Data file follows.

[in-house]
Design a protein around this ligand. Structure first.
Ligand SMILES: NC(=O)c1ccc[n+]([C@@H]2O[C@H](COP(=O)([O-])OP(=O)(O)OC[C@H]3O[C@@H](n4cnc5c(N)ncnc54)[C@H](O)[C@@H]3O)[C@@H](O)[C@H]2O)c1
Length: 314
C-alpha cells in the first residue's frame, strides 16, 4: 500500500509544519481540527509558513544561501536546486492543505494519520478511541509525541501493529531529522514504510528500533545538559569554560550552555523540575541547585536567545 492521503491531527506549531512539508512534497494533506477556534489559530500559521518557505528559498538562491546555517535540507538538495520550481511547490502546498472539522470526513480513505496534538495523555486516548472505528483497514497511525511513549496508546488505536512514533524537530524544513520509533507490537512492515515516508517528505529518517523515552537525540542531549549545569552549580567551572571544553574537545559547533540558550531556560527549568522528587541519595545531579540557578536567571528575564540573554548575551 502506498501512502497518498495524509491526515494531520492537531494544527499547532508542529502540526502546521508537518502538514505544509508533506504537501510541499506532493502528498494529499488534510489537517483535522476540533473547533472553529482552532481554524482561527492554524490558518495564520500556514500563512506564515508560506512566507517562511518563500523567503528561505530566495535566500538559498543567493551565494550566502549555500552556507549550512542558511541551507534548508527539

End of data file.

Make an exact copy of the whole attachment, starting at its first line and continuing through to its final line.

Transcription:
[in-house]
Design a protein around this ligand. Structure first.
Ligand SMILES: NC(=O)c1ccc[n+]([C@@H]2O[C@H](COP(=O)([O-])OP(=O)(O)OC[C@H]3O[C@@H](n4cnc5c(N)ncnc54)[C@H](O)[C@@H]3O)[C@@H](O)[C@H]2O)c1
Length: 314
C-alpha cells in the first residue's frame, strides 16, 4: 500500500509544519481540527509558513544561501536546486492543505494519520478511541509525541501493529531529522514504510528500533545538559569554560550552555523540575541547585536567545 492521503491531527506549531512539508512534497494533506477556534489559530500559521518557505528559498538562491546555517535540507538538495520550481511547490502546498472539522470526513480513505496534538495523555486516548472505528483497514497511525511513549496508546488505536512514533524537530524544513520509533507490537512492515515516508517528505529518517523515552537525540542531549549545569552549580567551572571544553574537545559547533540558550531556560527549568522528587541519595545531579540557578536567571528575564540573554548575551 502506498501512502497518498495524509491526515494531520492537531494544527499547532508542529502540526502546521508537518502538514505544509508533506504537501510541499506532493502528498494529499488534510489537517483535522476540533473547533472553529482552532481554524482561527492554524490558518495564520500556514500563512506564515508560506512566507517562511518563500523567503528561505530566495535566500538559498543567493551565494550566502549555500552556507549550512542558511541551507534548508527539